The impact of cyclophosphamide on menstruation and pregnancy in women with rheumatologic disease.
While cyclophosphamide (CYC) can save the life of a young woman with severe rheumatologic disease, it may lead to the long-term side-effects of infertility and premature menopause. We compared the reproductive health histories of young women with rheumatologic disease with and without prior CYC exposure to identify the impact of this medication on this important component of health.
This research includes a case-series study of women diagnosed with SLE, vasculitis, and scleroderma prior to age 35. Each patient completed a questionnaire about desired childbearing, menstrual regularity, infertility, and pregnancy history. Women with prior CYC therapy were queried about the use of gonadotropin-releasing hormone agonists (GnRH-a) for fertility preservation. The responses to this questionnaire were compared for women with and without CYC exposure.
Of the 43 participants, 23 had prior CYC exposure and 20 were CYC naïve. The current age of these groups was similar (average age 32), but women with prior CYC were four years younger at diagnosis than women without CYC. More women with prior CYC had cessation of menses in the year prior to the study (30.4% vs 0%, p < 0.05). Of the women with prior CYC exposure, those with loss of menses were older at study enrollment, older at CYC treatment, and had a higher cumulative CYC dose than those with preserved menstruation. While more women with GnRH-a co-therapy during CYC had maintained menses, this difference did not reach statistical significance. Women with prior CYC without GnRH-a co-therapy had a higher frequency of nulliparity and had greater trouble conceiving than women with GnRH-a co-therapy. Few pregnancies were conceived following CYC exposure and all resulted in elective termination, miscarriage, or preterm birth.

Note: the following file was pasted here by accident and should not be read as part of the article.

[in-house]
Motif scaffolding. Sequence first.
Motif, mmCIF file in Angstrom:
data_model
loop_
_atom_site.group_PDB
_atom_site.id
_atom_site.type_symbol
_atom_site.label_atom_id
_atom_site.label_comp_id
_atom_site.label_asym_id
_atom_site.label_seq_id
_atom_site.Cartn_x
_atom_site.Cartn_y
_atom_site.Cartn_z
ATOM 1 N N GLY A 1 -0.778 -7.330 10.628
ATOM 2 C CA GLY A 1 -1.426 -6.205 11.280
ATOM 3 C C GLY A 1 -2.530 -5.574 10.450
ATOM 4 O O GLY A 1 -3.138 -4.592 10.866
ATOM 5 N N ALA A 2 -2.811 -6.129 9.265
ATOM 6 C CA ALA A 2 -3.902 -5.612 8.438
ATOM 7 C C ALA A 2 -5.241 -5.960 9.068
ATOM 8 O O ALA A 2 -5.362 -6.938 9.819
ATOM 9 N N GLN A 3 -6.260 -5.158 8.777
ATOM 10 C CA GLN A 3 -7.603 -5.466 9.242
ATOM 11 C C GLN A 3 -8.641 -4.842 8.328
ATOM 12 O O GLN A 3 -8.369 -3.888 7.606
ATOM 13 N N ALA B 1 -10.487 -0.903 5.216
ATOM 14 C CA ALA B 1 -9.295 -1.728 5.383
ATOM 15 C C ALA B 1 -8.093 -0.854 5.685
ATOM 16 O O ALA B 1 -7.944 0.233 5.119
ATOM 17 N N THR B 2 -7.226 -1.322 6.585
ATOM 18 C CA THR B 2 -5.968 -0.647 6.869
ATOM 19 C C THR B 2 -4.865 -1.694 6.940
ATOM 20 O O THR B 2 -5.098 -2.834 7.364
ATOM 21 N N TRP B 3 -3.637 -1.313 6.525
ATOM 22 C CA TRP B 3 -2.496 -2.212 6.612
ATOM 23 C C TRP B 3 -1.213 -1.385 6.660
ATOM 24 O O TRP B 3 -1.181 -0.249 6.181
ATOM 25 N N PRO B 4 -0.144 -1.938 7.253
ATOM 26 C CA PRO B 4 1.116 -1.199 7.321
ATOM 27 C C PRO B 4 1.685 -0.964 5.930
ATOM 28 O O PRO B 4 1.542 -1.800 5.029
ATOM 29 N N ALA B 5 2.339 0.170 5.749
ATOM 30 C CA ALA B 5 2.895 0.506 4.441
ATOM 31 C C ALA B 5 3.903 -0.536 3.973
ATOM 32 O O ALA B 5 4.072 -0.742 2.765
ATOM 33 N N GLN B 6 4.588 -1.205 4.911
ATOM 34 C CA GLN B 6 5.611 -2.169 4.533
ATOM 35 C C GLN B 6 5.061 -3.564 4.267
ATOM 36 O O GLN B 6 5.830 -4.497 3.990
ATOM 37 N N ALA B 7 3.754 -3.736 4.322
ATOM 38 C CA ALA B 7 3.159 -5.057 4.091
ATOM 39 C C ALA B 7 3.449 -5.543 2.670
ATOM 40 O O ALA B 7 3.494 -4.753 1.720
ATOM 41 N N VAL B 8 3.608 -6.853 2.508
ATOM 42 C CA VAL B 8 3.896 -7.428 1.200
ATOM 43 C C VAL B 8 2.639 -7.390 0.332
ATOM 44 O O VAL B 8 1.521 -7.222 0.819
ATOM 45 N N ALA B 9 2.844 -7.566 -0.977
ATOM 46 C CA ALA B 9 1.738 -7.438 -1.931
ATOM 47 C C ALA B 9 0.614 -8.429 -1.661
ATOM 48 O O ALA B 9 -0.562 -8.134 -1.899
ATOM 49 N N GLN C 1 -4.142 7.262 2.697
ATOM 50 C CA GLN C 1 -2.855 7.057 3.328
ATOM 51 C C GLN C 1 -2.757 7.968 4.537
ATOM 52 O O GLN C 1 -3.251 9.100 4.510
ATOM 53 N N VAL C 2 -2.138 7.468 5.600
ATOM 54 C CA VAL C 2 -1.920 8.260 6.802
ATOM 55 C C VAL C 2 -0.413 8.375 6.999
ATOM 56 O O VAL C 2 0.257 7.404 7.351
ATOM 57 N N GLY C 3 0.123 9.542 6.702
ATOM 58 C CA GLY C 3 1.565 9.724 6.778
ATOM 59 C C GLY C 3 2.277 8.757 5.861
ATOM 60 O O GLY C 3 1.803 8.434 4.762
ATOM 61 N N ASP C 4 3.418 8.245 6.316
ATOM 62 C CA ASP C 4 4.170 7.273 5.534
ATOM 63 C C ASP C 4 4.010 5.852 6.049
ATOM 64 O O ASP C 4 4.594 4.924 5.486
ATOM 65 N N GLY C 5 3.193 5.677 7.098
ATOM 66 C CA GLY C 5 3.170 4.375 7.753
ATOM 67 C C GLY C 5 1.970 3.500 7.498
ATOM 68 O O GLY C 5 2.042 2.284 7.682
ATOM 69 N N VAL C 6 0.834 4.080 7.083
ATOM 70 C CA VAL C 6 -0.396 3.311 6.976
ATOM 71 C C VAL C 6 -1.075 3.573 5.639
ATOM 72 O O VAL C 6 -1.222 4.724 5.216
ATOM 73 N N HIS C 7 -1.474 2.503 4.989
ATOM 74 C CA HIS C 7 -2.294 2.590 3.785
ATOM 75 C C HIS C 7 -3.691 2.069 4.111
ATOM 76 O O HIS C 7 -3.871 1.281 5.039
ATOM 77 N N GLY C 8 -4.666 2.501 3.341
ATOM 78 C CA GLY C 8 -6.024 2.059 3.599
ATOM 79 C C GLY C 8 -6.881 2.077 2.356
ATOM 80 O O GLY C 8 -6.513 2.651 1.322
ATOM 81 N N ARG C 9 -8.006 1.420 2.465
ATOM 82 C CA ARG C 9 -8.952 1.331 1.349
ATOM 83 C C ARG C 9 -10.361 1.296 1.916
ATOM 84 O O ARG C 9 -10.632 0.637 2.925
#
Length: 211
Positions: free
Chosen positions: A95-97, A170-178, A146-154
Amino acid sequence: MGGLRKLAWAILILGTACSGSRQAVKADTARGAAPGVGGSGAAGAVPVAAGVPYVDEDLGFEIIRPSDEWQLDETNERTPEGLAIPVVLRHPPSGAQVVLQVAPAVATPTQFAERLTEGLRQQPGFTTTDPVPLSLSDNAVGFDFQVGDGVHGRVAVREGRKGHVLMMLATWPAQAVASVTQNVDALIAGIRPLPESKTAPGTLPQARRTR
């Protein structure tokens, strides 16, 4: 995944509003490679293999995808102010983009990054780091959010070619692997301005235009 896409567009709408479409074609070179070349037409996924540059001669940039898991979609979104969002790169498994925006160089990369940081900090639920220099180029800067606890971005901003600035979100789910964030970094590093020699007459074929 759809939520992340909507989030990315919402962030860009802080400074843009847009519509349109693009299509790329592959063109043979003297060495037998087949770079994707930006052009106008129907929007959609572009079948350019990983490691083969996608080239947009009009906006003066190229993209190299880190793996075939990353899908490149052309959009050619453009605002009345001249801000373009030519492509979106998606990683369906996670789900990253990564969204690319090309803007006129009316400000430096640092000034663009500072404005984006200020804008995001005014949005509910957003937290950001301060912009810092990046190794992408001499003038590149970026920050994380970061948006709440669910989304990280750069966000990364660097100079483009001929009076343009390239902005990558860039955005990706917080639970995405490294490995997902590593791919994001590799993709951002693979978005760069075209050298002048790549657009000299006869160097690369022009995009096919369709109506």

In this cohort of young women with rheumatologic disease, more women with prior CYC than without had amenorrhea, nulliparity, and infertility. GnRH-a co-therapy may prevent these adverse effects of CYC.
Harward, LE; Mitchell, K; Pieper, C; Copland, S; Criscione-Schreiber, LG; Clowse, MEB
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